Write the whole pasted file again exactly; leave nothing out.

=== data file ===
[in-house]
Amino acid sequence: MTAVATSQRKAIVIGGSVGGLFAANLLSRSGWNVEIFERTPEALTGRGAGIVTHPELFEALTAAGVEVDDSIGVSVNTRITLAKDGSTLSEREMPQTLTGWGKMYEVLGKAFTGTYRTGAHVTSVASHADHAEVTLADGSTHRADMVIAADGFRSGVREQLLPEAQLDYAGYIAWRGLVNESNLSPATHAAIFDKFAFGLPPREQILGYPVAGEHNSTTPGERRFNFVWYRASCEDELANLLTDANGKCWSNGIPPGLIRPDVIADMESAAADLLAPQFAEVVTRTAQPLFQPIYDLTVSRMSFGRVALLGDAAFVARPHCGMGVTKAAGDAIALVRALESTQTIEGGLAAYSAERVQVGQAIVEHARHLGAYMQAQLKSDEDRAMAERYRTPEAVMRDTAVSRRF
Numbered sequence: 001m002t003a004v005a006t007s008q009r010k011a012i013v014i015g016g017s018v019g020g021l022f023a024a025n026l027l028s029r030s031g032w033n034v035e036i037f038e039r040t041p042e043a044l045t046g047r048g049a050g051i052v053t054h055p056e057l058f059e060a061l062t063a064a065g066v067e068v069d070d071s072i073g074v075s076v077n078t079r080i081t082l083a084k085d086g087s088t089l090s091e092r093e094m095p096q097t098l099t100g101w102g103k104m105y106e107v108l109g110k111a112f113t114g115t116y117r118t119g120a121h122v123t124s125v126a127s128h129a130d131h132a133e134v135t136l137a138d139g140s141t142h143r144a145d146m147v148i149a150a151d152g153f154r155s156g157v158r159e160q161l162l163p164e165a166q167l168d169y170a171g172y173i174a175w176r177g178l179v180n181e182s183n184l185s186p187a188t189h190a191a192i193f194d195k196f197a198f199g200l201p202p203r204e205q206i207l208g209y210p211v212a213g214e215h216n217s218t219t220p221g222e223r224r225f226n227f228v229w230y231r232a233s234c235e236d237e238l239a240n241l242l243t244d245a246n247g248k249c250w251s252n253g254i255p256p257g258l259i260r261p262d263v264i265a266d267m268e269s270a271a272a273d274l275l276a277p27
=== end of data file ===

[in-house]
Amino acid sequence: MTAVATSQRKAIVIGGSVGGLFAANLLSRSGWNVEIFERTPEALTGRGAGIVTHPELFEALTAAGVEVDDSIGVSVNTRITLAKDGSTLSEREMPQTLTGWGKMYEVLGKAFTGTYRTGAHVTSVASHADHAEVTLADGSTHRADMVIAADGFRSGVREQLLPEAQLDYAGYIAWRGLVNESNLSPATHAAIFDKFAFGLPPREQILGYPVAGEHNSTTPGERRFNFVWYRASCEDELANLLTDANGKCWSNGIPPGLIRPDVIADMESAAADLLAPQFAEVVTRTAQPLFQPIYDLTVSRMSFGRVALLGDAAFVARPHCGMGVTKAAGDAIALVRALESTQTIEGGLAAYSAERVQVGQAIVEHARHLGAYMQAQLKSDEDRAMAERYRTPEAVMRDTAVSRRF
Numbered sequence: 001m002t003a004v005a006t007s008q009r010k011a012i013v014i015g016g017s018v019g020g021l022f023a024a025n026l027l028s029r030s031g032w033n034v035e036i037f038e039r040t041p042e043a044l045t046g047r048g049a050g051i052v053t054h055p056e057l058f059e060a061l062t063a064a065g066v067e068v069d070d071s072i073g074v075s076v077n078t079r080i081t082l083a084k085d086g087s088t089l090s091e092r093e094m095p096q097t098l099t100g101w102g103k104m105y106e107v108l109g110k111a112f113t114g115t116y117r118t119g120a121h122v123t124s125v126a127s128h129a130d131h132a133e134v135t136l137a138d139g140s141t142h143r144a145d146m147v148i149a150a151d152g153f154r155s156g157v158r159e160q161l162l163p164e165a166q167l168d169y170a171g172y173i174a175w176r177g178l179v180n181e182s183n184l185s186p187a188t189h190a191a192i193f194d195k196f197a198f199g200l201p202p203r204e205q206i207l208g209y210p211v212a213g214e215h216n217s218t219t220p221g222e223r224r225f226n227f228v229w230y231r232a233s234c235e236d237e238l239a240n241l242l243t244d245a246n247g248k249c250w251s252n253g254i255p256p257g258l259i260r261p262d263v264i265a266d267m268e269s270a271a272a273d274l275l276a277p27